Sanfilippo syndrome or mucopolysaccharidosis type III is a rare hereditary neuro-metabolic disease, a genetic error of metabolism.
Mucopolysaccharides are long chains of sugar molecules, which are used in the construction of connective tissues.
When the body has finished using these molecules, it breaks them down with enzymes, then recycles or eliminates them. Children with Sanfilippo syndrome lack or are deficient in the enzyme that breaks down these molecules, so the body stores them.
This storage causes progressive damage in various tissues, leading to a general impairment of all the body’s vital functions; in particular, the accumulation of these molecules in the brain leads to progressive intellectual disability and loss of motor function.
There are four different types of Sanfilippo syndrome.
Each type is named according to the type of missing or defective enzyme.
It is the most common type and is also considered the most severe, with earlier death than the other types. These children are deficient in the enzyme Heparan N-sulfatase.
It is the result of a deficiency of
It is caused by a deficiency of acetyl-CoAlpha-glucosaminide acetyltransferase.
It is caused by a deficiency of N-acetylglucosamine 6-sulphatase
It is an autosomal recessive hereditary disease, meaning that both parents must be carriers for the child to be affected.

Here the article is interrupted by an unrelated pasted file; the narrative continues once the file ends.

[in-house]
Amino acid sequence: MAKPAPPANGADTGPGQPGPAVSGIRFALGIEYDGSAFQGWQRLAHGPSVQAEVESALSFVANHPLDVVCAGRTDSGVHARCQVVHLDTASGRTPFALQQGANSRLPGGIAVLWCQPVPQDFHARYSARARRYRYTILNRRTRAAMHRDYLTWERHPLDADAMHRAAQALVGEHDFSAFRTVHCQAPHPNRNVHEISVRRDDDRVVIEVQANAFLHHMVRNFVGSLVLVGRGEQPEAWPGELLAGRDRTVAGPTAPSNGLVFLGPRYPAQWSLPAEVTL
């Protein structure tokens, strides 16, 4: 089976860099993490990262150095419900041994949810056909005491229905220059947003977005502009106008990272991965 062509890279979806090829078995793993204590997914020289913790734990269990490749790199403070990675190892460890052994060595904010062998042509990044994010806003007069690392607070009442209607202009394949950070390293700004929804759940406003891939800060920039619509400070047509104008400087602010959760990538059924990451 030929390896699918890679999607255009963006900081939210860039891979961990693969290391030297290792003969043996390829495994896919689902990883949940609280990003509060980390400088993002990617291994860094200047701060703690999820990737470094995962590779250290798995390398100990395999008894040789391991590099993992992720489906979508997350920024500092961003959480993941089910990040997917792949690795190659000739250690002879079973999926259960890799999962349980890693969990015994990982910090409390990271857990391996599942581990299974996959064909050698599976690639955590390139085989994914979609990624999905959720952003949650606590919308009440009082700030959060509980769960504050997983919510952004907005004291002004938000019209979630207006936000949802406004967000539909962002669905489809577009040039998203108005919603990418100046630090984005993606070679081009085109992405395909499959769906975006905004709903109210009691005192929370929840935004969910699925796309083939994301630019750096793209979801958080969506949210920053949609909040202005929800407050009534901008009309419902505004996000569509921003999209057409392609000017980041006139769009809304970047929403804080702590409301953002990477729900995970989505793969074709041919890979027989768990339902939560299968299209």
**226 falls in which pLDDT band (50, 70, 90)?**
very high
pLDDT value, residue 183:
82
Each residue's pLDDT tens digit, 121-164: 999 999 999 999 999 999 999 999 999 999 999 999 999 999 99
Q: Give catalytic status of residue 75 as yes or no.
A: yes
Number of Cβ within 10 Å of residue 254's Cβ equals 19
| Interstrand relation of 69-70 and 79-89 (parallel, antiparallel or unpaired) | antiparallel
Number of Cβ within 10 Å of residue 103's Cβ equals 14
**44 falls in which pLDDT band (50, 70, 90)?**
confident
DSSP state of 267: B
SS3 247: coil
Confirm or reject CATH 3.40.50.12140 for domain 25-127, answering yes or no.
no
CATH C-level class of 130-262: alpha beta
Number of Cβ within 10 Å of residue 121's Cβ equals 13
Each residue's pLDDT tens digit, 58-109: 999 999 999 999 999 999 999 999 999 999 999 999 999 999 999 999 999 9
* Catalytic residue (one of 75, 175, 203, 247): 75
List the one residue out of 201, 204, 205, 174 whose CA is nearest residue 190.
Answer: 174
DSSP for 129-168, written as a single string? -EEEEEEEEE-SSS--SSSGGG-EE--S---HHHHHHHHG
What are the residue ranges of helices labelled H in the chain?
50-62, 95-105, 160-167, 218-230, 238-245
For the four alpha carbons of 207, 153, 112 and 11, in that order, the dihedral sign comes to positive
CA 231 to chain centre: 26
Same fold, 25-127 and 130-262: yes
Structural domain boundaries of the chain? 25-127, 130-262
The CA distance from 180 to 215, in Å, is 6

There is a one in two (50%) chance that carrier parents will have healthy children who are also carriers. While the probability of carrier parents having healthy non-carrier children is one in four (25%). The probability of carrier parents having sick children is also one in four (25%).
Sanfilippo syndrome is a progressive disease: at birth, children appear normal and show no signs of the disorder. The onset of the disease occurs around 2-4 years of age, with symptomatology consisting of behavioural disorders (hyperkinesia, aggressiveness) and mental deterioration, sleep disturbances, and very mild dysmorphisms.
Depending on the forms of Sanfilippo, neurological degeneration occurs well before the age of 10, often with loss of intellectual abilities acquired in the very early years.
The most severe form is IIIA, although some patients with attenuated forms have been described. Forms IIIB and IIID are the most heterogeneous as manifestations, while form IIIC is intermediate to the latter.